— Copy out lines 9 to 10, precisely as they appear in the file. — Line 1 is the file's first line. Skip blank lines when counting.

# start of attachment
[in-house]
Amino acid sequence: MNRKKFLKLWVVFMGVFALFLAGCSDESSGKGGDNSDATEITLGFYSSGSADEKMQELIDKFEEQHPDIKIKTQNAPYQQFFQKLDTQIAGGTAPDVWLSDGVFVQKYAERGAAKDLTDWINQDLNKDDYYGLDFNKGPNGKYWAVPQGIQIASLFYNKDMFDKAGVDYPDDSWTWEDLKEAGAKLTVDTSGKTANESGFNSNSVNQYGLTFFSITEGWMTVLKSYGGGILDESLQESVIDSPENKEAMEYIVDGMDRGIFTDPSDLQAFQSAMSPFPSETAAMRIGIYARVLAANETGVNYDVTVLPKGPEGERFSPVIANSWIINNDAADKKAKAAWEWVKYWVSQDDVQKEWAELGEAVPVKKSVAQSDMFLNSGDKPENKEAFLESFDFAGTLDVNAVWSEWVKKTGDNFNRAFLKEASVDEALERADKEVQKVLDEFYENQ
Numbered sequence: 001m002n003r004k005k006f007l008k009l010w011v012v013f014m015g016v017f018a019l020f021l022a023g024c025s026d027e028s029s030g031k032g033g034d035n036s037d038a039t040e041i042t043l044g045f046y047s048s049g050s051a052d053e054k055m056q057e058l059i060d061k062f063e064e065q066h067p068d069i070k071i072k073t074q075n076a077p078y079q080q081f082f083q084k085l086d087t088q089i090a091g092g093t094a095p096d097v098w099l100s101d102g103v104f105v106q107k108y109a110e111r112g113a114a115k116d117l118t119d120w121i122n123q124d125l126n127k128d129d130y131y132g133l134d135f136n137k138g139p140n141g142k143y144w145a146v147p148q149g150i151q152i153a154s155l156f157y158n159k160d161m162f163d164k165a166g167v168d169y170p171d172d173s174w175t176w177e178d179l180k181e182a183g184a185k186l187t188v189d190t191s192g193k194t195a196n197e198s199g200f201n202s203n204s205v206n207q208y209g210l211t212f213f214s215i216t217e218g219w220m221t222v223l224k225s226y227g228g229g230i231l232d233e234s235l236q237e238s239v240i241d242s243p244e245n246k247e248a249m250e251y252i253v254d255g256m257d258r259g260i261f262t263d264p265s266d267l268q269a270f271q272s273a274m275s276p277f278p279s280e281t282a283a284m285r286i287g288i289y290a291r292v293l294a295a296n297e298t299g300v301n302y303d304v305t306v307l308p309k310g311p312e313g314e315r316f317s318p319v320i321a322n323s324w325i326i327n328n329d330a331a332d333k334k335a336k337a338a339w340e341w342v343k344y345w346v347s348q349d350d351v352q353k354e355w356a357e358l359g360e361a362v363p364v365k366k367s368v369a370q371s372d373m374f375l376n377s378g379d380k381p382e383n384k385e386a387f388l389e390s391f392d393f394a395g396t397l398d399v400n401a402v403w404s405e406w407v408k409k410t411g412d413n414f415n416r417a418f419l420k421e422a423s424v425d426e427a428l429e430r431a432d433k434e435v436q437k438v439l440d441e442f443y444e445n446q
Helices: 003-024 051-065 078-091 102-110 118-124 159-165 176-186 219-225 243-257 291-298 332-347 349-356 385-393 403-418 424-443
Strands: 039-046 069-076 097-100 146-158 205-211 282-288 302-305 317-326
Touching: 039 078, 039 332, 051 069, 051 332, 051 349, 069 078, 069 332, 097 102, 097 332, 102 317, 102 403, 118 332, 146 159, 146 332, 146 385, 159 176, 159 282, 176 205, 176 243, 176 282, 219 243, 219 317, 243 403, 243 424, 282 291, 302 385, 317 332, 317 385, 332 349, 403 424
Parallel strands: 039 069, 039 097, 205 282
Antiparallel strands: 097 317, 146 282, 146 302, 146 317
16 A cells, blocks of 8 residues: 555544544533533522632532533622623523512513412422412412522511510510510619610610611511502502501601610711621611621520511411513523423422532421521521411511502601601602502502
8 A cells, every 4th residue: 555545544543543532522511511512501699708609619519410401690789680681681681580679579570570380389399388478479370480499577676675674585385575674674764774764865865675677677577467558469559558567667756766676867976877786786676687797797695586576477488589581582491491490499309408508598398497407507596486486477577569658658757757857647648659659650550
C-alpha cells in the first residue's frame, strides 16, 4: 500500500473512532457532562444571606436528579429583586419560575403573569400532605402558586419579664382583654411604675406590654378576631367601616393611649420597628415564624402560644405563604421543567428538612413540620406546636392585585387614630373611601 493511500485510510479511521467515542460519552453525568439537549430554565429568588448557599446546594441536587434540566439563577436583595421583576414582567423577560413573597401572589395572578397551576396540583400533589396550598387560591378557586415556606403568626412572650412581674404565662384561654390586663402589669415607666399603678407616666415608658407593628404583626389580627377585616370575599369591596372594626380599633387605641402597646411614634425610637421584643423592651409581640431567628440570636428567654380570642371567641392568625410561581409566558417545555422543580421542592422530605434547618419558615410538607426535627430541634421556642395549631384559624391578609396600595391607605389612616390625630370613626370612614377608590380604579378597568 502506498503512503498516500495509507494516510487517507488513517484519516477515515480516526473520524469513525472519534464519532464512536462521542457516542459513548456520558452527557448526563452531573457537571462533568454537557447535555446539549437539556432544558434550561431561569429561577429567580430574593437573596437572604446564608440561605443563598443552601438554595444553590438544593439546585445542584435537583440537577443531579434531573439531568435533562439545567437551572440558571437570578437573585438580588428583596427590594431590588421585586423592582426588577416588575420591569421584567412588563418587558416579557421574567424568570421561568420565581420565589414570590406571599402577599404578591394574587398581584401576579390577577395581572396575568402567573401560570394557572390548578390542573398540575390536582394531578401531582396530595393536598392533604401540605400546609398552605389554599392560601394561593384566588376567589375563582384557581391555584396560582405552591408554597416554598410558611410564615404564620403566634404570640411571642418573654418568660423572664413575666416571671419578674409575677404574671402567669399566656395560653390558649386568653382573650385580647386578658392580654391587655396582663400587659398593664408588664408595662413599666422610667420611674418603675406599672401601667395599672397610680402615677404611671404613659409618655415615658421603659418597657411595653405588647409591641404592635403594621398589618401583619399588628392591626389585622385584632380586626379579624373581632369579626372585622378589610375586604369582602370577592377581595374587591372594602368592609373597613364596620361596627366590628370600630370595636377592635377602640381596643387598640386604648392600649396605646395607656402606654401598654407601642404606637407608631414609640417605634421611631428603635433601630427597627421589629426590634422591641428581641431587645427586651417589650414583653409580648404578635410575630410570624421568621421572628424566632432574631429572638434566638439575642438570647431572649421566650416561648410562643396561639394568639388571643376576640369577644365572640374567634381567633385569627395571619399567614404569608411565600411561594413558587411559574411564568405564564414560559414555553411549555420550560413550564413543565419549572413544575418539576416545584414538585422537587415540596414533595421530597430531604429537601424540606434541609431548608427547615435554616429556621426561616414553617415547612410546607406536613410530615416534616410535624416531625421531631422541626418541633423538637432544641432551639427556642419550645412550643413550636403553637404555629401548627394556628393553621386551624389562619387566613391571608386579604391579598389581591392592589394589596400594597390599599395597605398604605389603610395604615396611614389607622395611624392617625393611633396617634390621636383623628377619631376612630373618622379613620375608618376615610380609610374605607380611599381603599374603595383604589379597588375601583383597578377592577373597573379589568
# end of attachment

16 A cells, blocks of 8 residues: 555544544533533522632532533622623523512513412422412412522511510510510619610610611511502502501601610711621611621520511411513523423422532421521521411511502601601602502502
8 A cells, every 4th residue: 555545544543543532522511511512501699708609619519410401690789680681681681580679579570570380389399388478479370480499577676675674585385575674674764774764865865675677677577467558469559558567667756766676867976877786786676687797797695586576477488589581582491491490499309408508598398497407507596486486477577569658658757757857647648659659650550